Second, postdoctoral training should be acknowledged by professional organizations through the addition of postdoctoral training as a level of education in member surveys used by APTA and in accreditation surveys used by CAPTE. Acknowledging postdoctoral training as a level of education will serve several functions. It will represent an acknowledgement of the importance of postdoctoral studies by our professional leadership organizations, familiarize all PTs being surveyed with the term postdoctoral fellowship and make them aware that there is a step that can be taken beyond traditional doctorallevel training, gather vital baseline statistics on the number of PTs who currently have pursued postdoctoral studies, and enable the profession to track how this number changes in coming years.
Last, we should also make efforts to enhance graduate student access to information on how and why to pursue postdoctoral training and suggest pursuit of postdoctoral studies from the start of doctoral training. Enhancing graduate student access to information on postdoctoral fellowships will help them to build postdoctoral studies into their career plans from an early stage. Planning to pursue a postdoctoral fellowship from the outset rather than considering it late in the education process will likely result in greater numbers of students actually completing postdocs before accepting faculty positions.
All of these efforts will help to bring the importance of postdoctoral training to the forefront, a move that is critical to our success in developing a strong foundation of knowledge to drive evidence-based practice in the future. Recommendations numbers one and two are beyond the control of the authors, but in an effort to address recommendation number three, the following section provides information and resources for those interested in pursuing postdoctoral research.
Characteristics of a Desirable Postdoctoral Experience
The following characteristics are essential to a postdoctoral experience that will provide the most benefit to the individual and therefore, ultimately, to the profession. A postdoc should have opportunity and encouragement to publish results in peer-reviewed journals. A postdoc should have opportunities to participate in grant writing with mentor support for the fellow to obtain external funding to support his or her own work. The experience should also allow for networking with colleagues in the same field and other disciplines, fostered by the mentor and enhanced by presenting results at scientific meetings on the local, national, and international levels. Finally, during the postdoc years, the fellow should develop new skills, techniques, a command of the literature, and ideally a line of research that they can take with them into their first faculty position.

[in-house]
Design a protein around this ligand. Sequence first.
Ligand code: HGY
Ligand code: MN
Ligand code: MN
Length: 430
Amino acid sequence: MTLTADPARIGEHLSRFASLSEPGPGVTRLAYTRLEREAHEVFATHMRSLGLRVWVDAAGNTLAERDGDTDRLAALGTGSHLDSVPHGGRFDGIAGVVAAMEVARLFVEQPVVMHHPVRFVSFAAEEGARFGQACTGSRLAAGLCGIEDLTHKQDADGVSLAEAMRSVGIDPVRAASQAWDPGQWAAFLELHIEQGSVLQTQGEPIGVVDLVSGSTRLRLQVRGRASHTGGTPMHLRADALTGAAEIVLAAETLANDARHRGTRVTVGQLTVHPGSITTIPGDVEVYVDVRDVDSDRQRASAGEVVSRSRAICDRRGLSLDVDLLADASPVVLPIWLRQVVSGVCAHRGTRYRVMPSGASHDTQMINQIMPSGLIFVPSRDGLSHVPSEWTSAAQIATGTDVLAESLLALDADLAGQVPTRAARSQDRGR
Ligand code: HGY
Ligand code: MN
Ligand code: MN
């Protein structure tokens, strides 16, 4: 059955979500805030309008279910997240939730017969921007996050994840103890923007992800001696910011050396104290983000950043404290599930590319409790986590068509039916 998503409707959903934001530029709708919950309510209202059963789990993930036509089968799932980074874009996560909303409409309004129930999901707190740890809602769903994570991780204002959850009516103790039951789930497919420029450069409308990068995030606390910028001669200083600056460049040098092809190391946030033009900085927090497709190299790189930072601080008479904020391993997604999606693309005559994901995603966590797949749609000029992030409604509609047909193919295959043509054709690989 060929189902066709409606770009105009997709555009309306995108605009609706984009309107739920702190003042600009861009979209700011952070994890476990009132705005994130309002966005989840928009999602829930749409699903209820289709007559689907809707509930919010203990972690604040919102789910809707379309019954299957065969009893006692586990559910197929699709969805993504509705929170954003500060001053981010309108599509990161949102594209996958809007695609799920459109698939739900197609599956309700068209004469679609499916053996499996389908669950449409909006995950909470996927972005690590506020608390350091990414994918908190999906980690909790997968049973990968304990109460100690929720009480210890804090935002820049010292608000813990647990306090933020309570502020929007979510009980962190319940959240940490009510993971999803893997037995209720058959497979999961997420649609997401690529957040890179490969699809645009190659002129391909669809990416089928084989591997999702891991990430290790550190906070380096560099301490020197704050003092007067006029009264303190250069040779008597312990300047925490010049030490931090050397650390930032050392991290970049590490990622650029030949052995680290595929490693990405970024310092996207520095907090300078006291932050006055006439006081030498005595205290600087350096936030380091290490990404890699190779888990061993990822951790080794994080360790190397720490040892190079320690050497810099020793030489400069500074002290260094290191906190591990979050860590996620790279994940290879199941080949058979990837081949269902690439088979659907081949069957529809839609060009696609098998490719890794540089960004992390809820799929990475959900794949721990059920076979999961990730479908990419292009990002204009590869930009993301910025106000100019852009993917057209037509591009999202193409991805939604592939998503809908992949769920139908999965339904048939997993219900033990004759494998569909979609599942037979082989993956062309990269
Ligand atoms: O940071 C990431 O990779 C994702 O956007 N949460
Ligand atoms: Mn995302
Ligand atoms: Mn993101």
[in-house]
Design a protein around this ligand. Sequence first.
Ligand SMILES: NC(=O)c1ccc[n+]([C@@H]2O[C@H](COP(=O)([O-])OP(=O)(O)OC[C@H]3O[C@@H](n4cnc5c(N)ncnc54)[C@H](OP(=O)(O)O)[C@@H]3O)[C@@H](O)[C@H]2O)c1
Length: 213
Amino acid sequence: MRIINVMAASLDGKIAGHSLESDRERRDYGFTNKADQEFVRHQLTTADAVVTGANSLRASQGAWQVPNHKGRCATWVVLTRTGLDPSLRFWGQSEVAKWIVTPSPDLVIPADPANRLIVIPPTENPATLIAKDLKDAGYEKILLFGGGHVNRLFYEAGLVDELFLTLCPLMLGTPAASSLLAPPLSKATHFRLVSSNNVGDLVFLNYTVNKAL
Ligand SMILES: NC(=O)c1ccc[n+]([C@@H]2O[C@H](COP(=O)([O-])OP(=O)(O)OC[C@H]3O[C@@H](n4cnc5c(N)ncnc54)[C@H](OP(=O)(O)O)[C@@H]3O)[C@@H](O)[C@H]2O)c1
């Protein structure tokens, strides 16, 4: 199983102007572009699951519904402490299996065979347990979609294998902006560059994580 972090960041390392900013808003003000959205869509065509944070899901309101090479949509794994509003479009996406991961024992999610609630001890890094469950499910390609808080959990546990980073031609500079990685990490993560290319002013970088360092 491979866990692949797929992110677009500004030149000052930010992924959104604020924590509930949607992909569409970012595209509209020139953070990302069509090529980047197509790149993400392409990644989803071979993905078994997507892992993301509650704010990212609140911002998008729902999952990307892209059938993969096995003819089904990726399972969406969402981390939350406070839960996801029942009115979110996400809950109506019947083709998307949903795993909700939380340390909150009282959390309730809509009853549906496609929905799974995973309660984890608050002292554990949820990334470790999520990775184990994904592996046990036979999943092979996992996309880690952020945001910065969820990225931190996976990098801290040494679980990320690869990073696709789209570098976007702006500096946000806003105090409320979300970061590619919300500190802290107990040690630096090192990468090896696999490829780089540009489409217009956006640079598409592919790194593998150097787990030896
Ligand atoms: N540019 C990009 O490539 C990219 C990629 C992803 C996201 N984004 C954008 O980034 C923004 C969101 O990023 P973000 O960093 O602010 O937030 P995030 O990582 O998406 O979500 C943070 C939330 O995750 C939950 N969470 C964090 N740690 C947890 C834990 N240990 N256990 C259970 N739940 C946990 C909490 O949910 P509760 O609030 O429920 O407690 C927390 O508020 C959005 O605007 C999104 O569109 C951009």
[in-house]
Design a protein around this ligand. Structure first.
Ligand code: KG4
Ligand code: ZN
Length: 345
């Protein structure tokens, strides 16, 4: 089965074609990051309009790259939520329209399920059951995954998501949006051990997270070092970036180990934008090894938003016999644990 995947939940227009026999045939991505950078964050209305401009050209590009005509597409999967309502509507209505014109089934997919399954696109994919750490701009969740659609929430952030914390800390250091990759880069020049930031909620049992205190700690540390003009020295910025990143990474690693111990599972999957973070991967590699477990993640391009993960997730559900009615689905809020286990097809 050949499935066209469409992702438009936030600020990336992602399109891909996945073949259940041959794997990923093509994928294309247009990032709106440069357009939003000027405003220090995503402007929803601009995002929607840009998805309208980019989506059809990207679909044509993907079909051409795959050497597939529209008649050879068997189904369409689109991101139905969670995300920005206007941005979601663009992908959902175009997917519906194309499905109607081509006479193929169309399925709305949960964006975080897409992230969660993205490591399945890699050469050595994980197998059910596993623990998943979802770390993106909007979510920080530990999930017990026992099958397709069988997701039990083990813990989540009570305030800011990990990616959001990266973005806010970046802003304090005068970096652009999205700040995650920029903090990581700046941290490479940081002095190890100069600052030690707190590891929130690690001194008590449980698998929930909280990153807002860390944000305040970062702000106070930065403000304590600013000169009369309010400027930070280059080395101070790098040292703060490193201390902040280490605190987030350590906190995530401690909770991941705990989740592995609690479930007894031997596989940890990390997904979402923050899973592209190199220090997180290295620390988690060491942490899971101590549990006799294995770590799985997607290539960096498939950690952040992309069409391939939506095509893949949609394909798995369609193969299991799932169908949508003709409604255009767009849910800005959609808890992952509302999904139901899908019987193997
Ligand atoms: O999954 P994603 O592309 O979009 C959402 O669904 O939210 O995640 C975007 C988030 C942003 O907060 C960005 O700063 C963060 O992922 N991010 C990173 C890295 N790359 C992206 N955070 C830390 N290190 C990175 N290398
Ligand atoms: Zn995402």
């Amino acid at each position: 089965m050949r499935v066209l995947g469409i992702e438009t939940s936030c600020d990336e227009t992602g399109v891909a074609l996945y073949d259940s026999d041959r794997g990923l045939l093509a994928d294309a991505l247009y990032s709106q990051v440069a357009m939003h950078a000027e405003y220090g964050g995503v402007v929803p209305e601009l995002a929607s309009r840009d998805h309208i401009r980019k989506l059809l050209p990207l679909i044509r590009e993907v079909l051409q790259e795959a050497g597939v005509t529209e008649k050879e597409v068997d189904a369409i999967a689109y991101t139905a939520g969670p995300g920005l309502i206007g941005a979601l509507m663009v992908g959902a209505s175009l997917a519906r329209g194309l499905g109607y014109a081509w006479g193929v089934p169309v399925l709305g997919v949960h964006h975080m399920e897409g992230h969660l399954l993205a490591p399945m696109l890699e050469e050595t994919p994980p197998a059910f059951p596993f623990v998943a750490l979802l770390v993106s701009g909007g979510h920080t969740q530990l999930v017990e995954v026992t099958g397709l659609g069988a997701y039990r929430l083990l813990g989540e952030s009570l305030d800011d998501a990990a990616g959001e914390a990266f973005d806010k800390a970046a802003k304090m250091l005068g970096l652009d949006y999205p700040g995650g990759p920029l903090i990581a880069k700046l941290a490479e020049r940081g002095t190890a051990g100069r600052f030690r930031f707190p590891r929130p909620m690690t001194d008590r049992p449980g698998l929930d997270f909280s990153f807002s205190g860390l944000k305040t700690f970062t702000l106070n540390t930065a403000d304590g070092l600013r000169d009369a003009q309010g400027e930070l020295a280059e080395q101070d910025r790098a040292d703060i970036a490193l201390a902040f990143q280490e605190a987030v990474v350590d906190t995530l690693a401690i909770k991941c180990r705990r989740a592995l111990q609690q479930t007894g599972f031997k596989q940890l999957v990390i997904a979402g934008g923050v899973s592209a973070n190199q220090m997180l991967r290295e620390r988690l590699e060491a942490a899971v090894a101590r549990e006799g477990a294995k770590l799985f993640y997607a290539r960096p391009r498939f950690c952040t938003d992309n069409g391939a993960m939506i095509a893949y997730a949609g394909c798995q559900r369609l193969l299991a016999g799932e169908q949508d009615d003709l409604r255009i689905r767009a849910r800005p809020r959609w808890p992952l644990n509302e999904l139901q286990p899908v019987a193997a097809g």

Postdoctoral training for PTs is currently undervalued, as evidenced by the lack of attention postdoctoral training receives from institutions seeking faculty members and from professional organizations surveying PTs with respect to highest level of education. Postdoctoral work has multiple benefits to postdoctoral trainees, mentors, institutions, and, perhaps most importantly, to the physical therapy profession. By encouraging postdoctoral training, these benefits can be reaped with the ultimate result: the creation of a pool of independent, funded scientists working to advance the knowledge base we use for evidence-based practice.
Additional Resources/Recommended Readings
There are a number of Web sites that offer useful information regarding the postdoctoral experience and career development. A partial list of these is provided in Table 2, along with information about content of each site and addresses that can be used to subscribe to listservs that regularly advertise postdoctoral positions as well as more senior academic, industrial, and government positions. Table 2 also includes a list of recommended readings.
1. FASEB Postdoctoral Fellow
Definition. Available at: http://opa.faseb.org/pdf/pstdocdef.pdf
2. Committee on Science, Engineering, and Public Policy. Enhancing the Postdoctoral Experience for Scientists and Engineers
. Washington, DC: National Academies Press; 2000.
3. Physical Therapist Member Demographic Profile 1994-2004. American Physical Therapy Association. Available at: http://www.apta.org/AM/Template.cfm?Section=Demographics&Template=/MembersOnly.cfm&ContentID=25286
. Accessed August 2006.
4. 2005 Fact Sheet Physical Therapist Education Programs. American Physical Therapy Association. Available at: http://www.apta.org/AM/Template.cfm?Section=Demographics&TEMPLATE=/CM/ContentDisplay.cfm&CONTENTID=23836
. Accessed August 2006.
5. PT Bulletin Online
[serial online]. Available at: http://www.apta.org/AM/Template.cfm?Section=Jobs1&Template=/JobBank/SearchJobForm.cfm
. Volume 6, Issue 10, Accessed March 15, 2005.
6. Biomech-l listserv. Available at: http://www.isbweb.org
7. Neuromusc listserv: [email protected]
8. Vogel G. A day in the life of a topflight lab. Science
9. Jensen MA. A beginner's guide to finding and choosing postdoc positions, part I. Available at: http://nextwave.sciencemag.org/cgi/content/full/1998/03/29/271
. Accessed January 2002.